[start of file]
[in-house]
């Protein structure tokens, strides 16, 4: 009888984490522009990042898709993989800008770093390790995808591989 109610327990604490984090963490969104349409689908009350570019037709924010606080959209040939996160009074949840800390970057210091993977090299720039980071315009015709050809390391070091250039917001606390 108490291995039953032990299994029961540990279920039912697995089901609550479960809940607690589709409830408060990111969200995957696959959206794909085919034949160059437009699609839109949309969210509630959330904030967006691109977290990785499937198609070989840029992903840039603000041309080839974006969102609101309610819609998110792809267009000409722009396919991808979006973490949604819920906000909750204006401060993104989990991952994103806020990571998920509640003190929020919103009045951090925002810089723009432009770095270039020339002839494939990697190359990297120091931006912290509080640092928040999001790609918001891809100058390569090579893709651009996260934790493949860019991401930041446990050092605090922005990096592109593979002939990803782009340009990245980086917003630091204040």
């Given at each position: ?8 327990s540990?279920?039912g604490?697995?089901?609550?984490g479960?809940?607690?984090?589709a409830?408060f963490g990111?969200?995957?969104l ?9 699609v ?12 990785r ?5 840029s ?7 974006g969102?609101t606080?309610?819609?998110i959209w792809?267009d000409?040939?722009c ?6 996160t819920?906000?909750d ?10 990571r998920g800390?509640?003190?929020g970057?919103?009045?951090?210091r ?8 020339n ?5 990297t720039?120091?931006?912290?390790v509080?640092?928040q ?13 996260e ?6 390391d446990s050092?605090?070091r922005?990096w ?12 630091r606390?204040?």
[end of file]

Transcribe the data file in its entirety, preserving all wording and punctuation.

[in-house]
């Protein structure tokens, strides 16, 4: 009888984490522009990042898709993989800008770093390790995808591989 109610327990604490984090963490969104349409689908009350570019037709924010606080959209040939996160009074949840800390970057210091993977090299720039980071315009015709050809390391070091250039917001606390 108490291995039953032990299994029961540990279920039912697995089901609550479960809940607690589709409830408060990111969200995957696959959206794909085919034949160059437009699609839109949309969210509630959330904030967006691109977290990785499937198609070989840029992903840039603000041309080839974006969102609101309610819609998110792809267009000409722009396919991808979006973490949604819920906000909750204006401060993104989990991952994103806020990571998920509640003190929020919103009045951090925002810089723009432009770095270039020339002839494939990697190359990297120091931006912290509080640092928040999001790609918001891809100058390569090579893709651009996260934790493949860019991401930041446990050092605090922005990096592109593979002939990803782009340009990245980086917003630091204040």
């Given at each position: ?8 327990s540990?279920?039912g604490?697995?089901?609550?984490g479960?809940?607690?984090?589709a409830?408060f963490g990111?969200?995957?969104l ?9 699609v ?12 990785r ?5 840029s ?7 974006g969102?609101t606080?309610?819609?998110i959209w792809?267009d000409?040939?722009c ?6 996160t819920?906000?909750d ?10 990571r998920g800390?509640?003190?929020g970057?919103?009045?951090?210091r ?8 020339n ?5 990297t720039?120091?931006?912290?390790v509080?640092?928040q ?13 996260e ?6 390391d446990s050092?605090?070091r922005?990096w ?12 630091r606390?204040?």